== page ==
Although Secretary birds (Sagittarius serpentarius) can be found across South Africa (therefore also in our area), we cannot remember when last we saw one of these birds, and I thought that I should write an article about them. It will be interesting to know if any of our members/readers have spotted any of the birds in our area. The photo of the Secretary bird was kindly provided by well-known bird photographer, Albert Froneman – Ed.
At a distance, the peculiar shape and long legs render this bird to be confused with a crane. Its unusualness has captured public imagination, and it is incorporated into the South African coat of arms. The body of the Secretary bird is mainly pale grey, belly and upper legs black, tibial feathering, tail bands, rump and crest feathers black. The irises are hazel, bill and cere pale blue-grey, facial skin yellowish orange, legs and feet greyish pink. They are very conspicuous in semi desert, grassland, savannah, open woodland, farmland and on mountain slopes. Usually in pairs or solitary. They breed from August to December. The clutch is normally 2 white or pale bluish-green eggs. Incubation is 45 days and nestling 85 days. Most immature birds move long distances from their nest site and then return to their natal areas after a few months. Their food consists of insects (mainly grasshoppers), rodents, lizards, young birds, eggs, snakes and rabbits.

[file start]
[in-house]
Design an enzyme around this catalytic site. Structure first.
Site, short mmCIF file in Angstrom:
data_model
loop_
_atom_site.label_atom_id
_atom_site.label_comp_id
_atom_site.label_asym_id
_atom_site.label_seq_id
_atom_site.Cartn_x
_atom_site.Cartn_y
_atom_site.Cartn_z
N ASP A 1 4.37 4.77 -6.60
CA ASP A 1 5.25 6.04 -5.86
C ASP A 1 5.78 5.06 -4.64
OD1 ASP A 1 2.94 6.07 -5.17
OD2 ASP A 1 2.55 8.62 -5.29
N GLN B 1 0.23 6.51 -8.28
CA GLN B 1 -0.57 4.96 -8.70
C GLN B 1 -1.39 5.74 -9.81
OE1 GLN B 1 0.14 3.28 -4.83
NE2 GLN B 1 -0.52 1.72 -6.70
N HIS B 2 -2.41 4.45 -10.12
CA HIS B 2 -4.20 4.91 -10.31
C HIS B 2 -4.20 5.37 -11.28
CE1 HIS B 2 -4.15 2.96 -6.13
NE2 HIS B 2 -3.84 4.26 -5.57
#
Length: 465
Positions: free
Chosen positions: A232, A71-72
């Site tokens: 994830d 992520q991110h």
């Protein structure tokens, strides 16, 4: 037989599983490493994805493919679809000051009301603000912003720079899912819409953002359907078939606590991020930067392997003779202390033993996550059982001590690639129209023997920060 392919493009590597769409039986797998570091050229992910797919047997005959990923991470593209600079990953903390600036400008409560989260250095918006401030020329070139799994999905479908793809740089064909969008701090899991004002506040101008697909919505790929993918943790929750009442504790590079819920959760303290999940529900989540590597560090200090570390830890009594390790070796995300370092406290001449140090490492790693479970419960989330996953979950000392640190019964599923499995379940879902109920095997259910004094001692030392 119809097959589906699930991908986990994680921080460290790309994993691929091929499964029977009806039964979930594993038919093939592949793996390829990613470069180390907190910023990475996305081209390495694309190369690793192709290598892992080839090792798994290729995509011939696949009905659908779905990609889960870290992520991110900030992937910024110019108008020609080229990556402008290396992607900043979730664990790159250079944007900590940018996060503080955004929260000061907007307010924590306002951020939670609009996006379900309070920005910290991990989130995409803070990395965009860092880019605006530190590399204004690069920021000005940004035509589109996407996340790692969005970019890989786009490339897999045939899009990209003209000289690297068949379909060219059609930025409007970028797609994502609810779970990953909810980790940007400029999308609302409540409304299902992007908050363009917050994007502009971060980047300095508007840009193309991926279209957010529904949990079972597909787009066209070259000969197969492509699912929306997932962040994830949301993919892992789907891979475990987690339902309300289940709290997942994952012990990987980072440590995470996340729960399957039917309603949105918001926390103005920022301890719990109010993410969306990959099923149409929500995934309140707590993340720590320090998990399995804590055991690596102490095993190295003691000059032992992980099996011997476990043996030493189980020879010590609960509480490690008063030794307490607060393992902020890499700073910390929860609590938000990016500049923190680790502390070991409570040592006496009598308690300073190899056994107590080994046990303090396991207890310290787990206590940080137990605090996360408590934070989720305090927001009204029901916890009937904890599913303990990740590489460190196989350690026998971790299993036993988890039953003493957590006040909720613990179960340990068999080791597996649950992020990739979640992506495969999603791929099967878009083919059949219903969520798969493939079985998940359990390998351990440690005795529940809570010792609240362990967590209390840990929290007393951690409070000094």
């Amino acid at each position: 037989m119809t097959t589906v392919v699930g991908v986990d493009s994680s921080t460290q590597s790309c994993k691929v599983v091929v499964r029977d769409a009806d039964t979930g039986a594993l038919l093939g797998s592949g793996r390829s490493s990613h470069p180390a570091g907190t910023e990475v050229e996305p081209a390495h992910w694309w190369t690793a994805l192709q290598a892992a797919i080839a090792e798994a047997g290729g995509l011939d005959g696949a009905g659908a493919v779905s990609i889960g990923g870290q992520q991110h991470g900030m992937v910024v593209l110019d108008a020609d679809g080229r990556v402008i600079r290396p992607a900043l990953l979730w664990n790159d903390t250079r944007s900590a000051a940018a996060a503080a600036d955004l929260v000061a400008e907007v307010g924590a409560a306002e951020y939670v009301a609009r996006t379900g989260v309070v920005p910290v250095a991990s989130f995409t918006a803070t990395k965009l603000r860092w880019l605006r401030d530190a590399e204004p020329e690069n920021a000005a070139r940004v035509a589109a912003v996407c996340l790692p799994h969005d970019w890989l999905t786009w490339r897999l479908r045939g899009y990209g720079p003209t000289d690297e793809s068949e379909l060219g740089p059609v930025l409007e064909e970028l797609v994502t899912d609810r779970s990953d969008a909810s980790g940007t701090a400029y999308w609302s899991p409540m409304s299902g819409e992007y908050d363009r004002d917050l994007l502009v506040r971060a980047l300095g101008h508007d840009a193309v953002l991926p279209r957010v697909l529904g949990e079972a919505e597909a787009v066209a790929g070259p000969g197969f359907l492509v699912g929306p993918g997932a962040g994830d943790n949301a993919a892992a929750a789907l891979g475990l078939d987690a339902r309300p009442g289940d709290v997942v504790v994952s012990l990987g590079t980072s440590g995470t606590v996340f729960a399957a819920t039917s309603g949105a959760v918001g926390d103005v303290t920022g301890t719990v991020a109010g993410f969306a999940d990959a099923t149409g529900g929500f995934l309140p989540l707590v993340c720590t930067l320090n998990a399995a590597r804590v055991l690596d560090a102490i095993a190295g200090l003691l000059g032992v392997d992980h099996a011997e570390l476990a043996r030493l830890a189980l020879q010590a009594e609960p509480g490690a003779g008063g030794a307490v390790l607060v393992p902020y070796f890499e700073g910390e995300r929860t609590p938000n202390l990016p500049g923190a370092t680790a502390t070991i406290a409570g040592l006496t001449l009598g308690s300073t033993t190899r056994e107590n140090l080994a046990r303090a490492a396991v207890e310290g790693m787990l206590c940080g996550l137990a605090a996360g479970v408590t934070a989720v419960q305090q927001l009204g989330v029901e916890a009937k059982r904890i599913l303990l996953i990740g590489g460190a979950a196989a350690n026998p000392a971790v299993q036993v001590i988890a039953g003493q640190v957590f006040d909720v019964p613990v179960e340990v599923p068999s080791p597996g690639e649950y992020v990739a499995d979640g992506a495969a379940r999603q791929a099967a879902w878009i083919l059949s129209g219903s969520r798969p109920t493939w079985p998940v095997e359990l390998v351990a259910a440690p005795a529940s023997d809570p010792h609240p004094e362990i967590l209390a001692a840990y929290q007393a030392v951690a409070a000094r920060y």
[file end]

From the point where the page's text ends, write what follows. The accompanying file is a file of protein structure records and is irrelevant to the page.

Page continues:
Sources: Roberts’ Birds of Southern Africa, Gordon Lindsay Maclean, sixth edition, 1993 and information provided by Willie Froneman, Xanadu Nature Estate.